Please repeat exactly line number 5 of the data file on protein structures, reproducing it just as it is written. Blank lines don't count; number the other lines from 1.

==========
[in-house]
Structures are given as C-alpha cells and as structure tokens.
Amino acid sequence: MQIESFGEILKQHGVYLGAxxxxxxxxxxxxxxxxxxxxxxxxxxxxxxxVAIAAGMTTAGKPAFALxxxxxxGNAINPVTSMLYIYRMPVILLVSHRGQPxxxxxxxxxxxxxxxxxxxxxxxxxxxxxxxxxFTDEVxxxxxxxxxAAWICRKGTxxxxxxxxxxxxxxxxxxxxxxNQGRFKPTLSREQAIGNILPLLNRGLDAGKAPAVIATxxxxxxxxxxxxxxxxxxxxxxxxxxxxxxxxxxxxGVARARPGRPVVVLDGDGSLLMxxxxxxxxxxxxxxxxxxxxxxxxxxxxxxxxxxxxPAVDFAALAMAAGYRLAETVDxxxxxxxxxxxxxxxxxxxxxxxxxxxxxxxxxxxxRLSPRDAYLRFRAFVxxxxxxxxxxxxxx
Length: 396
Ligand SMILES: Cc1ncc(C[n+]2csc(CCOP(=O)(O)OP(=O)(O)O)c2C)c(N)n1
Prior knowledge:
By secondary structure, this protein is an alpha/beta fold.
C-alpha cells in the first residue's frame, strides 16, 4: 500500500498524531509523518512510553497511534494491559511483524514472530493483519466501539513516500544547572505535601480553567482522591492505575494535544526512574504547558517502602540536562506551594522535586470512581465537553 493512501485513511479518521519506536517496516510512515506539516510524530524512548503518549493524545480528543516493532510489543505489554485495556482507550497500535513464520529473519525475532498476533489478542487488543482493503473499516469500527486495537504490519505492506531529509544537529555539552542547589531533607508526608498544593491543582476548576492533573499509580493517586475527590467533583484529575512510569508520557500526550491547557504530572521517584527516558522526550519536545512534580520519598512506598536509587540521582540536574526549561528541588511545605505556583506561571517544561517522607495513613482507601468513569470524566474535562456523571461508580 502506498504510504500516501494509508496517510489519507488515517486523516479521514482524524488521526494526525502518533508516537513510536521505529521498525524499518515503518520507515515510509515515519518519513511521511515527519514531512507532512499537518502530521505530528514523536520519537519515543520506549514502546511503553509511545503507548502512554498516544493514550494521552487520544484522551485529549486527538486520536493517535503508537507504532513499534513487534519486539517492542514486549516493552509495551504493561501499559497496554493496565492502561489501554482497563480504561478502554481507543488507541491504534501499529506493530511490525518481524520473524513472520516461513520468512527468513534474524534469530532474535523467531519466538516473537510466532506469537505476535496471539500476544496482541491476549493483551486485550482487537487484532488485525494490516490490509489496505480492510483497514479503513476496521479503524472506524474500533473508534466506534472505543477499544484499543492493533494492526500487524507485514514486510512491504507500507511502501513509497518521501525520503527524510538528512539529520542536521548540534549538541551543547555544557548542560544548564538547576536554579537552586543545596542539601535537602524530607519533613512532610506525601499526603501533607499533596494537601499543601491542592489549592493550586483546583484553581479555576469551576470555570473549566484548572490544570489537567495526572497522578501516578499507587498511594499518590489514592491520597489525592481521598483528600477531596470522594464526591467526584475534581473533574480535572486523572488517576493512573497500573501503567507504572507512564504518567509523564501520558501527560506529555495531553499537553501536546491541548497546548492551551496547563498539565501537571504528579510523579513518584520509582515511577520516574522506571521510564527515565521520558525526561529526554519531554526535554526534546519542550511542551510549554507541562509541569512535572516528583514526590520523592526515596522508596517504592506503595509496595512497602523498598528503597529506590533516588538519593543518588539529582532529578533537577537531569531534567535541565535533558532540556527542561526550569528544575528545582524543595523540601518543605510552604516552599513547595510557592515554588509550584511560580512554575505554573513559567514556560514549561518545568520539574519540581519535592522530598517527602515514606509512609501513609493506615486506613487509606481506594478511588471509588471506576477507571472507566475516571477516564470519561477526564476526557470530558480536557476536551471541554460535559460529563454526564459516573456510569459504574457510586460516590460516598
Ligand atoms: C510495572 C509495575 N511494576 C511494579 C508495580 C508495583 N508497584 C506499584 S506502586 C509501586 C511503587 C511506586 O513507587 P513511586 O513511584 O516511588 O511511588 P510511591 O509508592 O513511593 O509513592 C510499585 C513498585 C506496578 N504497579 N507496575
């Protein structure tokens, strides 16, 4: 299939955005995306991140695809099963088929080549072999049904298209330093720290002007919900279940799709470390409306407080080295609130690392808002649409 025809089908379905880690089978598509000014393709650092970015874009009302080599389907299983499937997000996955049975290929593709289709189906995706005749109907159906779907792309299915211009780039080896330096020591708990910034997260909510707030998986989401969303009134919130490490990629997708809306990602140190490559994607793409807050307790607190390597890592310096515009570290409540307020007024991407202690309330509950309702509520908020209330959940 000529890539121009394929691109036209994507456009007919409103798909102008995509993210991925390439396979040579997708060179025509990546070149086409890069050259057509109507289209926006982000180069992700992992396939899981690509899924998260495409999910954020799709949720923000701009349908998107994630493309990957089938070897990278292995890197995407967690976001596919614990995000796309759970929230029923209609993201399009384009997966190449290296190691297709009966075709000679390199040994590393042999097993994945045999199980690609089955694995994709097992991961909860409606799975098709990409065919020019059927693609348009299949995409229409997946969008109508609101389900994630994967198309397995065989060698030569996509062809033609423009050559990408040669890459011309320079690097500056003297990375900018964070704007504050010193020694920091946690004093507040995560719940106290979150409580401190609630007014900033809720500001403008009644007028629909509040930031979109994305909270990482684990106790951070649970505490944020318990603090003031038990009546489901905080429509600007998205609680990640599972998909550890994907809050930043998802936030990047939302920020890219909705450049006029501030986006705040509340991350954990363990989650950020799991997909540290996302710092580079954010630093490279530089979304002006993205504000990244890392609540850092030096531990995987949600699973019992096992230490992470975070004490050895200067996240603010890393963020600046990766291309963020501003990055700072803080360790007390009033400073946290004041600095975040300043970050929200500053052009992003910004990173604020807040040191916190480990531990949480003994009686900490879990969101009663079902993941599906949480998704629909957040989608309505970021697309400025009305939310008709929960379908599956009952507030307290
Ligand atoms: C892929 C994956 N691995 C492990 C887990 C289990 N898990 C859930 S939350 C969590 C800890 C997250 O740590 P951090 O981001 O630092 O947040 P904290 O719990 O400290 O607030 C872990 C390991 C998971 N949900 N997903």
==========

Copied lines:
Ligand SMILES: Cc1ncc(C[n+]2csc(CCOP(=O)(O)OP(=O)(O)O)c2C)c(N)n1